Gold Sponsors
Array Telepresence Logo   Human Productivity Lab Logo   Ashton Bentley Logo
Silver Sponsors
Bronze Sponsors
Telepresence Options Magazine

Latest Telepresence and Visual Collaboration News:
Full Article:

Watching the U.S. fall apart ... in glorious hi-def

October 6, 2010 | Chris Payatagool
tv wall.png
By Allison Linn via Life Inc.

The economic downturn has definitely caused Americans to rethink their free-spending ways but hasn't completely curbed our appetite for the occasional big-ticket indulgence.

That's especially true when it comes to one of our country's favorite pastimes: watching television.

The percentage of homes with a large, flat-screen or high-definition television has risen steadily since over the past few years, according to data from the polling firm Nielsen.

Nearly 60 percent of American households had a high-definition television as of the second quarter of this year, up from around 37 percent at the beginning of 2008. That is despite a deep recession that officially lasted from 2007 to 2009 and left lingering economic pain.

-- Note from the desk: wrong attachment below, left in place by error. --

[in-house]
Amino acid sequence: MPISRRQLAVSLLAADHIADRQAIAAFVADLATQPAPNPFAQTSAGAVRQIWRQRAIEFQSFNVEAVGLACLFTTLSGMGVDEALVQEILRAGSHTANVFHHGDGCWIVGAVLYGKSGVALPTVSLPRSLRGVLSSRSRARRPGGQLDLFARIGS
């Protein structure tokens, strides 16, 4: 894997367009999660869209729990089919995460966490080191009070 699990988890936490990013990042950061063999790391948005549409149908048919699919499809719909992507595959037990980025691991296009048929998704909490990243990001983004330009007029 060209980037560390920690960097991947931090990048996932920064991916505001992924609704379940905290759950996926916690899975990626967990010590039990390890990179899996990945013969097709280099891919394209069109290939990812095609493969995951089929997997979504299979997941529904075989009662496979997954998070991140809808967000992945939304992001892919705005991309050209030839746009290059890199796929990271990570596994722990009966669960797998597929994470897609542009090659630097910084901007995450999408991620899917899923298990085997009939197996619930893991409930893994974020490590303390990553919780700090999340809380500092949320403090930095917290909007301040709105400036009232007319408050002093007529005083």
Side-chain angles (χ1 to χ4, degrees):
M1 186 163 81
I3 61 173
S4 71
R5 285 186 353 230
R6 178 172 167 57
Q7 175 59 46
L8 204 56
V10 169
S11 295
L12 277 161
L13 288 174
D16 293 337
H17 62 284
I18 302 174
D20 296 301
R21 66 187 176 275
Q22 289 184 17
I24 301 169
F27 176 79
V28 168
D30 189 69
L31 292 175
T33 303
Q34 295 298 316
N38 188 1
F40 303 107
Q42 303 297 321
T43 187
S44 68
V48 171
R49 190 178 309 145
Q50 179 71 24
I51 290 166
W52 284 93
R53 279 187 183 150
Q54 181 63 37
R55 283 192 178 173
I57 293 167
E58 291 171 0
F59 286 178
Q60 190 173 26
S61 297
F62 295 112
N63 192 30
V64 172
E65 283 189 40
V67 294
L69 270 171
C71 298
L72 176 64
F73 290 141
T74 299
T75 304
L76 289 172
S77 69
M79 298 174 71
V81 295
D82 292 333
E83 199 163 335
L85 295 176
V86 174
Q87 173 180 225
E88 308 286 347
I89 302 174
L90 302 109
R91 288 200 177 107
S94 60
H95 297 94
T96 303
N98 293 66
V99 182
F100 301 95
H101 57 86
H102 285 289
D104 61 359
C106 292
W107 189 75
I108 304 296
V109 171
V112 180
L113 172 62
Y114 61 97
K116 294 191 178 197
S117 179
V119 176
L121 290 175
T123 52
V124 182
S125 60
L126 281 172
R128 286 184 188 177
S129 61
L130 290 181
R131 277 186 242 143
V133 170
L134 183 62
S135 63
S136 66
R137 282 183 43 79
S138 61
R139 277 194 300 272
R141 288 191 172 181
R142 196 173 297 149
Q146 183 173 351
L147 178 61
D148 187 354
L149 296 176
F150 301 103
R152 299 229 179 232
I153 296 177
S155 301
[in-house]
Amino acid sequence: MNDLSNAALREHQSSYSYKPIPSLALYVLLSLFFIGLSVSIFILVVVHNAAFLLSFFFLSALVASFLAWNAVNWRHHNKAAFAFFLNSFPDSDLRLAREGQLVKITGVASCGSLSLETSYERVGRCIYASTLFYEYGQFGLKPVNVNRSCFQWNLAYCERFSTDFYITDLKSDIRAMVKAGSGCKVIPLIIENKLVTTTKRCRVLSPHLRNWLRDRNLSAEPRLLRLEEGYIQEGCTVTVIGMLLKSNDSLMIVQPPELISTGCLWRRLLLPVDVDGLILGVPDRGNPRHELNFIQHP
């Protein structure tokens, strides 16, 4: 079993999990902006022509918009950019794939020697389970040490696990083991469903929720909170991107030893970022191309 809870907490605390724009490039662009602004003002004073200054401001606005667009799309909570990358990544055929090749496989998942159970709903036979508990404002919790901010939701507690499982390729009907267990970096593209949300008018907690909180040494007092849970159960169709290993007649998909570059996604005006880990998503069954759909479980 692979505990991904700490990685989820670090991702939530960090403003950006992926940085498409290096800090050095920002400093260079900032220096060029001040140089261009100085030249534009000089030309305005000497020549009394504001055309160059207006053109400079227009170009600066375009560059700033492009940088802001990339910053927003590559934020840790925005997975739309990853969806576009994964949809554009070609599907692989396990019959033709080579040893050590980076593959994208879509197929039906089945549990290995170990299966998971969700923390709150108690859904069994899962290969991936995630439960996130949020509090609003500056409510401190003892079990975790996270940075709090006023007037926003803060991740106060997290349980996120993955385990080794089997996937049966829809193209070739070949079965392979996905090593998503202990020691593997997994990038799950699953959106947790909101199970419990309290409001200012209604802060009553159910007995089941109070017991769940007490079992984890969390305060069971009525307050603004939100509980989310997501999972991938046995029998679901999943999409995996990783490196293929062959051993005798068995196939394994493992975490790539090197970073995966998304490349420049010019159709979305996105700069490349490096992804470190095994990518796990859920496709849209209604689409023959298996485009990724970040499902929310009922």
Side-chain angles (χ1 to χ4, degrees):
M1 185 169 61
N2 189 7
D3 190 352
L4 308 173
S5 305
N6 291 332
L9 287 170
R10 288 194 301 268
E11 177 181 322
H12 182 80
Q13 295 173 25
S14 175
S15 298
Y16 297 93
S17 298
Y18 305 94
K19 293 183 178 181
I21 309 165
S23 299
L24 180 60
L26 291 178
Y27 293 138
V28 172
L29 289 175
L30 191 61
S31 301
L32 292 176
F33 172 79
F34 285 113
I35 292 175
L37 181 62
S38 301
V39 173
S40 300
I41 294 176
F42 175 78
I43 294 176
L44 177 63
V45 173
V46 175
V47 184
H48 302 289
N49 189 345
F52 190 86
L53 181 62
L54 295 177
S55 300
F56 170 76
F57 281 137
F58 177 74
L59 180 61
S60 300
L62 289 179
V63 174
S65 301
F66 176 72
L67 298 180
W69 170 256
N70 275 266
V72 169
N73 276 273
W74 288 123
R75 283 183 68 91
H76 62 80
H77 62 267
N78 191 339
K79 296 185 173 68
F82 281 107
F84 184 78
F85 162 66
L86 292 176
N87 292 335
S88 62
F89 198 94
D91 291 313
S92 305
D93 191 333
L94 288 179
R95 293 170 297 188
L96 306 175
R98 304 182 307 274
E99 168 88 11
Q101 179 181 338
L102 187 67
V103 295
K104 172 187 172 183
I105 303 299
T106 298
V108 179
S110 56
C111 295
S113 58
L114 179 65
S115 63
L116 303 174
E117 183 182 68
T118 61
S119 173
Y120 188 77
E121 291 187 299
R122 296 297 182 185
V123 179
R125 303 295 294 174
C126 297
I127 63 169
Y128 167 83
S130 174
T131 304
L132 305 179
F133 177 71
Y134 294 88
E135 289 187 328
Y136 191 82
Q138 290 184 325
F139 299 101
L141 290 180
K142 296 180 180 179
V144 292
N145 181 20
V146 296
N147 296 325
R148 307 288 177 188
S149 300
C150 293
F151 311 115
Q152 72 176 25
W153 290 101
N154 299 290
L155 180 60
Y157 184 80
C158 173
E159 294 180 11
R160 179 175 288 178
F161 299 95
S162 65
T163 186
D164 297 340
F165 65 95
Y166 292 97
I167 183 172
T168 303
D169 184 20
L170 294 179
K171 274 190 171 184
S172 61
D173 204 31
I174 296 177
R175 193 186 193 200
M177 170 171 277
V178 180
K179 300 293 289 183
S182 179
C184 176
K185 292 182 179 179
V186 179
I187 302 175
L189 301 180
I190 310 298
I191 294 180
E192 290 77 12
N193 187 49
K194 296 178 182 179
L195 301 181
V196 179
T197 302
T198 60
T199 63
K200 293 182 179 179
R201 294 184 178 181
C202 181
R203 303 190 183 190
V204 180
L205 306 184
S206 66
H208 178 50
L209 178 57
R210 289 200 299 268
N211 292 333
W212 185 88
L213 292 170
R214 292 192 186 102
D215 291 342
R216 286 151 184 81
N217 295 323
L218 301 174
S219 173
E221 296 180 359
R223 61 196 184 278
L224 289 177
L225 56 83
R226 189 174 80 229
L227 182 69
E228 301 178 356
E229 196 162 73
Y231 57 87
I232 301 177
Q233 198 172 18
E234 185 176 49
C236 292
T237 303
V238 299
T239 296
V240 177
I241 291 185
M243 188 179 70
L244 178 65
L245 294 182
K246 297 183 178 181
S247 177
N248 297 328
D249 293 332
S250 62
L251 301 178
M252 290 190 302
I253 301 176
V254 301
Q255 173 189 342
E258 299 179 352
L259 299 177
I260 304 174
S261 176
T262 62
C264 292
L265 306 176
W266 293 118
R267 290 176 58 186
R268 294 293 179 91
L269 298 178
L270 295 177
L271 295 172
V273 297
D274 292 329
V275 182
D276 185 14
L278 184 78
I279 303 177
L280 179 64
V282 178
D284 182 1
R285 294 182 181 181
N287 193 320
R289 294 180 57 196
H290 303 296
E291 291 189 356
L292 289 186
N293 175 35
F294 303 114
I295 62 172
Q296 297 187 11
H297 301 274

Nearly half of all households had a flat-screen TV by mid-2010, up from around a quarter at the start of 2008.

At least 38 percent of homes have screens larger than 41 inches now, up from 24 percent in early 2008.

Maybe the economic doldrums have made us more impatient, too: 40 percent of households now have a DVR to record television shows, up from 27 percent at the start of 2008.

The data is based on Nielsen's quarterly telephone survey of technology habits.

The fact that Americans have been willing to splurge on a TV - but little else - isn't too surprising, considering how much time we spend in front of it.

A separate Nielsen survey found that Americans with access to a TV (almost all of them) spent an average of 158.5 hours a month watching the tube in the first three months of this year, or more than 5 hours a day. That's up by about two hours a month from a year earlier.





Add New Comment

Telepresence Options welcomes your comments! You may comment using your name and email (which will not be displayed), or you may connect with your Twitter, Facebook, Google+, or DISQUS account.